4) Recommended studies: These are HSC or equivalent courses that the institutions suggest will help a student in their chosen tertiary course.

Although NSW institutions have few prerequisites and many offer bridging courses where required subjects or standards are not met, students need to be aware that bridging courses are not equivalent to the two-year HSC course. They may add a significant study load and increased course fees as a result.

These are two examples that require prerequisites, that students should pay attention to:

hsc subject selection advice

Subject Selection

Now that you know all of the above, the next step is to start thinking about your goals and vision for your career.

It is very common, for students not to know what they want to study at university or what they want to be when they finish school. Navigating through Years 11 and 12 without a goal or vision is like driving at night without headlights. We are not saying it is impossible, but we believe it’s safer and easier to do so. To help you figure out what you want to do, follow these steps:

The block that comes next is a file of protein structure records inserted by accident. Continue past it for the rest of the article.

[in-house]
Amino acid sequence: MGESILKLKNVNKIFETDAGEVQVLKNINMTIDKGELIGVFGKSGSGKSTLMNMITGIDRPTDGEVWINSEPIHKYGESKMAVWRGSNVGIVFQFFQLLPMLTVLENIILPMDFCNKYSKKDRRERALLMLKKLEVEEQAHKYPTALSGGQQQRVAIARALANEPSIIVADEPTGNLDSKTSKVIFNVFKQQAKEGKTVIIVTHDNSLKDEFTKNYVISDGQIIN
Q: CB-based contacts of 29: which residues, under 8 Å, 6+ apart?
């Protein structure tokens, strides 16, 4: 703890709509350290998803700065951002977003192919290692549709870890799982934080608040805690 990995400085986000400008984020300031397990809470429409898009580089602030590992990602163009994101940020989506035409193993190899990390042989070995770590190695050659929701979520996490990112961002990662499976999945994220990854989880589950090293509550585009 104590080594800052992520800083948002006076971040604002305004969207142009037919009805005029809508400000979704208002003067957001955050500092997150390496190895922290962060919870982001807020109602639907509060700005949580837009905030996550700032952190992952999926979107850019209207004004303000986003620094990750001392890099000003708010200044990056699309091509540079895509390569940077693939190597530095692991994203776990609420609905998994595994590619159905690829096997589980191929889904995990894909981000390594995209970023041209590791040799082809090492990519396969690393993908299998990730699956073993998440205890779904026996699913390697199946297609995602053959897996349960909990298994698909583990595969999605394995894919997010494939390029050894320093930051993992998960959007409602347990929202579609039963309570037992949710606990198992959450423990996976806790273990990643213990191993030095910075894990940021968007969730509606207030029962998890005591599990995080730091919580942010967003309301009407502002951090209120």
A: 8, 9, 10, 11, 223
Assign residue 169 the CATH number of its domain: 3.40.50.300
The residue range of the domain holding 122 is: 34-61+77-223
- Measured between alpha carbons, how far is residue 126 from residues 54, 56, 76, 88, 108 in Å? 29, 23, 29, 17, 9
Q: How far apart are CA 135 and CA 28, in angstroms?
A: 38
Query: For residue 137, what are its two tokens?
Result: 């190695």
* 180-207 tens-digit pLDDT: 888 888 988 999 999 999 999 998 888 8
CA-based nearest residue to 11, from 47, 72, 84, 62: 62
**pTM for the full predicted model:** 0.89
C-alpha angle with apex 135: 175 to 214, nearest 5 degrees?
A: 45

1. The first step is to think about WHO YOU ARE: your interests, qualities and skills.
  2. Write these in the Subject Compass tool provided by UAC, found here.
  3. Then the Compass will match your interests, qualities and skills with those provided by the UAC Guide to help you choose the most suitable degree.
  4. Selecting the most appropriate degree allows you to choose the CORRECT subjects.
hsc subject selection advice

Still not sure?

Luckily for you, we run an annual Year 10 Subject Selection Advice Seminar. We dissect the above and have a Q & A afterwards with our experienced, high achieving team who come from different disciplines across different universities. Click here to find out more about the event ‘Year 10 Subject Selection Seminar’.